Types of Cloud Computing
Cloud computing itself has different forms, as per different needs and in different situations.
- Private cloud services exist solely by an organization which either manages the service itself, or has it managed by a third party. The examples discussed above all refer to versions of public clouds, accessible to the public and managed by a host organization, which sells these services.
- Community clouds are shared by several organizations with a community that may share goals or concerns. Government or G-Cloud is a specialized example of this – one agency may provide a cloud service to a variety of other agencies under the same organizational umbrella.
- There are also hybrid clouds, which combine public and private offerings to allow information exchange and even application compatibility across many different and disparate cloud service offerings. Hybrid cloud and its ability to utilize third party cloud providers makes this type of cloud especially flexible, and perfect for scaling to different needs.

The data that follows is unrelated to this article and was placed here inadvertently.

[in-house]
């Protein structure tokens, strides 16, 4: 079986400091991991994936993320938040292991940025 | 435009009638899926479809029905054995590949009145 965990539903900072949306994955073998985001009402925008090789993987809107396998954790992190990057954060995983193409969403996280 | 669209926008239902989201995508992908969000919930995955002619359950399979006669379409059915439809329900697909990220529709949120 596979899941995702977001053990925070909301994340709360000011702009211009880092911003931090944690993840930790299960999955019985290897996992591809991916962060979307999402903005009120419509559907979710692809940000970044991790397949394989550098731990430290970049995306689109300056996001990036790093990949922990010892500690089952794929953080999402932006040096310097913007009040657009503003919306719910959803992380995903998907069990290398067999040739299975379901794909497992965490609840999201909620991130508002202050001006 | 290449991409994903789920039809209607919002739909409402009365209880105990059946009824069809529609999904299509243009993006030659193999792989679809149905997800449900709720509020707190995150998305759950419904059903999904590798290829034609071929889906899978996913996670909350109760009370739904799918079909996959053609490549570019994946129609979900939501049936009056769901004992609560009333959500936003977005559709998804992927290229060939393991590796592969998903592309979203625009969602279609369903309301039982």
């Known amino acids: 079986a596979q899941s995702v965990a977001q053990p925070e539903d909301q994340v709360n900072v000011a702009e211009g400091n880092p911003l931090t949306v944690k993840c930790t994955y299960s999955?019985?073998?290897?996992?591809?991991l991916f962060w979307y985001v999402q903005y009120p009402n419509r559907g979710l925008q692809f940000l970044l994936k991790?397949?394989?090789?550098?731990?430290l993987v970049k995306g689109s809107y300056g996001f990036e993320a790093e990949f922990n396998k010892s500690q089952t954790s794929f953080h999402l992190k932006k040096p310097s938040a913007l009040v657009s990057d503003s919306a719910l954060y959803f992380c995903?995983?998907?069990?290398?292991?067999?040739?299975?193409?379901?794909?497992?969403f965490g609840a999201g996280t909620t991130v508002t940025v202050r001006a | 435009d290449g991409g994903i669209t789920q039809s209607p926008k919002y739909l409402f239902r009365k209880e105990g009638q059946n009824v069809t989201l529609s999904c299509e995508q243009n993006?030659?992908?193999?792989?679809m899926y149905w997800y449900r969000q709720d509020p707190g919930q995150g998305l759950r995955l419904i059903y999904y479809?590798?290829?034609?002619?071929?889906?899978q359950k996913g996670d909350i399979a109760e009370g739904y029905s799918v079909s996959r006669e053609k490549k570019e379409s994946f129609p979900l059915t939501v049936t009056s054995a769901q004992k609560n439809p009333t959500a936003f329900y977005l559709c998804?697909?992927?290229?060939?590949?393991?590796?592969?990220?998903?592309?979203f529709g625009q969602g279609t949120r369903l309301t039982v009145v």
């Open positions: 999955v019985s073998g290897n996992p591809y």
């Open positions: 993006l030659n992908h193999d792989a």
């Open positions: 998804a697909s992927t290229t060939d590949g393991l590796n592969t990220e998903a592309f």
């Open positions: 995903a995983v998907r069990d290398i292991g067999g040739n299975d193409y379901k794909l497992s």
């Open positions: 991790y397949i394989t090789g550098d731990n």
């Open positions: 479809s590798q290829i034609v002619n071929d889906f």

Cloud computing Models
There are three primary service delivery models for cloud computing. The three models are often referred to together as the SPI model.
- Software as a Service, or SaaS: In this model, the user, client or consumer runs an application from a cloud infrastructure. Through an interface such as a web browser, the client or user may access this application from a variety of devices. The complete application is offered as on demand service. This saves the client from having to invest in any software licenses or servers up front, and can save the provider money since they are maintaining and providing only a single application. In this model, the client does not manage cloud infrastructure, networks or servers, storage, or operating systems. Even, Microsoft, Google, and Zoho offer SaaS.